Sunday, 11 December 2011

Saturday 10th December 2011 - Two out of three ain't bad

Cue my favourite Meatloaf song!

Anyway, we decided to stay local today and started off at Westport as per usual. Its been quite a quiet period down there recently, so when three Goosanders flew in, it was high fives all round. But that was about as good as it got.

Then we headed down to south Staffs for a couple of ticks. We were originally heading to Gailey first for the BLACK REDSTART and then it was fingers crossed time that the TUNDRA BEAN GOOSE would fly back into Belvide for us. However, as we headed down the M6, news came thru that the TUNDRA BEAN GOOSE had already arrived. We reset the sat nav and headed to Belvide first.

It was fairly quiet at Belvide; presumably all the new Staffs listers and dodgy year listers had already seen the flock of Beans present here a few weeks ago. We walked to the West end and met up with SN. The Tundra Bean Goose was still present and showing well on the shore. Still a rare bird in Staffs, this is my 3rd one, following the Whitemoor Haye birds in 2004/5 and Ingestre birds in Jan 2006 (Thanks to PJ for pointing this out - forgot about Ingestre birds!)

The Tundra Bean Goose at Belvide

Blast from the past - The Whitemoor birds in Dec 2004.

.......and the Ingestre birds in Jan 2006.

So with our first tick in the bag (a Belvide tick of course!), we headed for our second tick (a Gailey tick). There was a small crowd at Gailey, but we soon realised the BLACK REDSTART had not been seen for a while. We met up with Westport Lake's resident photographer Steve Seal, and he assured us that if we stood by the sailing club, then it would keep returning to feed on the shore. We stood there for a short time, and then "Lucky" CJW got itchy feet and wandered off. I followed him and we walked up the causeway in between the two lakes. Then the Black Redstart flew in. We headed back and just managed to get onto it before it flew back to the island. Unfortunately, I didn't manage to get a photo, but I know a man who did, and Mr Steve Seal has kindly given me permission to show you his photo's on my blog.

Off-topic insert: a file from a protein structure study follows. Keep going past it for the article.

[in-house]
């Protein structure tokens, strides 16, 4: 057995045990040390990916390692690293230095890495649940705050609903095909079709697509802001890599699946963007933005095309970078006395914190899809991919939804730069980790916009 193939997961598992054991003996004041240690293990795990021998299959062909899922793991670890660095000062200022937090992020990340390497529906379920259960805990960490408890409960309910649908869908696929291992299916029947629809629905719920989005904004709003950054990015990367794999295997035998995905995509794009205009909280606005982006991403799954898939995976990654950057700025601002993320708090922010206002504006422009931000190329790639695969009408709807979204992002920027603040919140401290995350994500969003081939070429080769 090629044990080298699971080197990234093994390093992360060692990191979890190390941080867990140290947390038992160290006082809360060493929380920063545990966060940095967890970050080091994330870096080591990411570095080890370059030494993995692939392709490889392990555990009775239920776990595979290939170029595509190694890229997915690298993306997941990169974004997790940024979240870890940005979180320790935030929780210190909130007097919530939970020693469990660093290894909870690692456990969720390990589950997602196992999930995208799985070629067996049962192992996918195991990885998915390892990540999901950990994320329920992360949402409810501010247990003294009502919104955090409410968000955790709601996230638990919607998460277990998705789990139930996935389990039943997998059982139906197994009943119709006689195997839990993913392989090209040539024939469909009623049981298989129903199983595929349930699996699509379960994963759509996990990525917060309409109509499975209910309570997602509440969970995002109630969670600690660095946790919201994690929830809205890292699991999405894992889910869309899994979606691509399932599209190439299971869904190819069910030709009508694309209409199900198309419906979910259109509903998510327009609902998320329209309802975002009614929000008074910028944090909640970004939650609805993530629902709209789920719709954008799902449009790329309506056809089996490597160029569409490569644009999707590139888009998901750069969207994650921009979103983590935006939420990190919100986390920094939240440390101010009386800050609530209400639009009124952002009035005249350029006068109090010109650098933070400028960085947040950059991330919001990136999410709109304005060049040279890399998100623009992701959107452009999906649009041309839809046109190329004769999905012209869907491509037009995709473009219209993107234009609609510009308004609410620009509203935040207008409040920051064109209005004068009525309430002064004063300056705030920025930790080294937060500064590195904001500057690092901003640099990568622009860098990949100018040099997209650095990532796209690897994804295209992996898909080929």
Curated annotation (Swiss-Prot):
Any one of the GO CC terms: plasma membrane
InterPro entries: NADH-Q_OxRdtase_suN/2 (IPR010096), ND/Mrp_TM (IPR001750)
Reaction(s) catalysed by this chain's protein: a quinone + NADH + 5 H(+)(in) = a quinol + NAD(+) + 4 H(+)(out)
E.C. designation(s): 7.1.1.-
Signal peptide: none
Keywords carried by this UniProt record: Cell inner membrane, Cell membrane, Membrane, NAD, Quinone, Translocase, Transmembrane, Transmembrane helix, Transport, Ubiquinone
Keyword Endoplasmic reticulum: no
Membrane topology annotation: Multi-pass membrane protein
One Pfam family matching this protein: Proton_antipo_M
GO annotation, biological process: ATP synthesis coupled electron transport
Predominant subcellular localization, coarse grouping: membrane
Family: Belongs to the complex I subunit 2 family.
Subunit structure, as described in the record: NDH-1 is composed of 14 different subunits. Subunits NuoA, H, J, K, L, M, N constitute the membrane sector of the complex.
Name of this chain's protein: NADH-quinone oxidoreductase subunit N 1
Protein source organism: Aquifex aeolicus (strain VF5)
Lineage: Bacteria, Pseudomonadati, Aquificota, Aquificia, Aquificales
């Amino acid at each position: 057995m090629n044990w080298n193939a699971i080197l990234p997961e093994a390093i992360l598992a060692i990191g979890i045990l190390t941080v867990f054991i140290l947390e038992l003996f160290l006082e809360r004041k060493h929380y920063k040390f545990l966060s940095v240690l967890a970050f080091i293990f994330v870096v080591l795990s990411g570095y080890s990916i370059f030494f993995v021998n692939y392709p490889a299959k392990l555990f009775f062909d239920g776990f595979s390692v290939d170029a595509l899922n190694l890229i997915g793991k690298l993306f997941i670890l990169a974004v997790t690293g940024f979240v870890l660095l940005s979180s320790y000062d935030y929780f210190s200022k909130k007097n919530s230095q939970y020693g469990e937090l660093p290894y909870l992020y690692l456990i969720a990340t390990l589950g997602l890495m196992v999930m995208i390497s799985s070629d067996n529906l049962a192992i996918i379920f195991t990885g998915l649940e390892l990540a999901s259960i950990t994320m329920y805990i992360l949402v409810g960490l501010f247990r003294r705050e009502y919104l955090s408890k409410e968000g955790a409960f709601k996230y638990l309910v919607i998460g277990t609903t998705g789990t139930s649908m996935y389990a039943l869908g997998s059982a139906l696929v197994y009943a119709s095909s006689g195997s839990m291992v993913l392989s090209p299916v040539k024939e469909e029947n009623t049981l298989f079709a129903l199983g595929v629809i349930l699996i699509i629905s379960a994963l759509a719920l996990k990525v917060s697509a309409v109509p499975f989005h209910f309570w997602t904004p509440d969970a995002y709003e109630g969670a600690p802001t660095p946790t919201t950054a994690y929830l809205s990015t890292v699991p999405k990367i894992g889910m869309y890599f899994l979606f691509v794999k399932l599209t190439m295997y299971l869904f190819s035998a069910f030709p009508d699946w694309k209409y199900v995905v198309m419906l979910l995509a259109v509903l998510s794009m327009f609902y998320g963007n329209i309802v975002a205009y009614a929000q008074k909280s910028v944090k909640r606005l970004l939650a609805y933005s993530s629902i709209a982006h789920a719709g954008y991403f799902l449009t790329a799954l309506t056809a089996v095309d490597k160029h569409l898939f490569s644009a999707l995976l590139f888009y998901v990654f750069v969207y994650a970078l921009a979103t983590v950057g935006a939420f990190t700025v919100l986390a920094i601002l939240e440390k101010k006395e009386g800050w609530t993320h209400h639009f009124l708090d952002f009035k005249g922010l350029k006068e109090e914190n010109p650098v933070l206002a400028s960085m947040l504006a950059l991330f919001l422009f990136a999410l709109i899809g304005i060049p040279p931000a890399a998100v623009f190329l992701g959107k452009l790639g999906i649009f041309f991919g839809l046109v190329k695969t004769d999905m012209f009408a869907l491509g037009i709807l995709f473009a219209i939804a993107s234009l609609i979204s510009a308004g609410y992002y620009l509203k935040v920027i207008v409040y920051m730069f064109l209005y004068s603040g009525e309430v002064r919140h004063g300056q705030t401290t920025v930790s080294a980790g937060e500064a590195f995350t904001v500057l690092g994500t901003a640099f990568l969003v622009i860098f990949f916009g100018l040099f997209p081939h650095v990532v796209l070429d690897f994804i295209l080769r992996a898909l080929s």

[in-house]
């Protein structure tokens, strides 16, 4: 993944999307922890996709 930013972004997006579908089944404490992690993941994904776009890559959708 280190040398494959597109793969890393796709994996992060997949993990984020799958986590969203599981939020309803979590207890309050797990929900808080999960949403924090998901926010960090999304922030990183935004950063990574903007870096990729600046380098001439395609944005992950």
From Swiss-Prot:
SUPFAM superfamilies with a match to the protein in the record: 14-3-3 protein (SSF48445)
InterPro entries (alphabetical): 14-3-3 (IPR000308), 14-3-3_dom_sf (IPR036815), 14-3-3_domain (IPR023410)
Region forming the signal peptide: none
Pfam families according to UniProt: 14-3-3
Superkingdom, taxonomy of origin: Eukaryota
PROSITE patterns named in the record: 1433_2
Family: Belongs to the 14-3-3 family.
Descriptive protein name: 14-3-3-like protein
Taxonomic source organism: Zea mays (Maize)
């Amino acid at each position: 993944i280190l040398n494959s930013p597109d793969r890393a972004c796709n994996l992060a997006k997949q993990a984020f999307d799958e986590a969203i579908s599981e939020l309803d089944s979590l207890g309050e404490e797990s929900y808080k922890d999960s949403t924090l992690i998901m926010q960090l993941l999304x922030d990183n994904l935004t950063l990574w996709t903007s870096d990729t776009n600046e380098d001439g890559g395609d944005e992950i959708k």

make sure you check out Steve's excellent blog

A shore line at Gailey! Messrs Snapper and Moore-hen have been so desparate to add waders to their patch list that they've siphoning the water away since Autumn.

And so with two site ticks in the bag, we had a decision to make as to where we would head to next. After several suggestions, we decided to head to Clee Hill for the long staying DESERT WHEATEAR. It was less than 30 miles away and about an hours drive, so we headed off. The sat nav performed wonders again, and we were parked up by the quarry on Clee Hill by 14-30hrs.

We had already spoken to a couple of birders as we drove up, and they hadn't seen the DESERT WHEATEAR in nearly an hours search. We set off and searched the whole area, and there was a steady flow of birders coming and going but by 15-30hrs, we had to admit defeat. It was quite windy up there, but we did find a few sheltered areas but there was just no sign. Desert Wheatear will just have to wait a little bit longer to get on my Shropshire list.

Its possible to see Blackpool Tower and Big Ben from up here on a clear day.